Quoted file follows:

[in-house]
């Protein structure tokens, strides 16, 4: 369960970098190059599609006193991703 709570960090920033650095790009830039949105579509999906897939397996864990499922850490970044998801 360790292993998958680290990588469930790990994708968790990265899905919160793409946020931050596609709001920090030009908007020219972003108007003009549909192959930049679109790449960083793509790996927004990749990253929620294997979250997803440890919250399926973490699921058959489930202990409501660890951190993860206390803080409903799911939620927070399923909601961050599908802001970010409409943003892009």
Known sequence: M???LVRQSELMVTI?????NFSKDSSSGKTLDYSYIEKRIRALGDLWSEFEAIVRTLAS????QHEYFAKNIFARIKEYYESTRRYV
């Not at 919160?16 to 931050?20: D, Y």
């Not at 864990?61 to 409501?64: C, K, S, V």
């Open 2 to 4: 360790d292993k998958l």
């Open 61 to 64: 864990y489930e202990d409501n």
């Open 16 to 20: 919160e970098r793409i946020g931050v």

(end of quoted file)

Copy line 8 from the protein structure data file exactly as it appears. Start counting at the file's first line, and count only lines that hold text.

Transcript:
């Open 16 to 20: 919160e970098r793409i946020g931050v």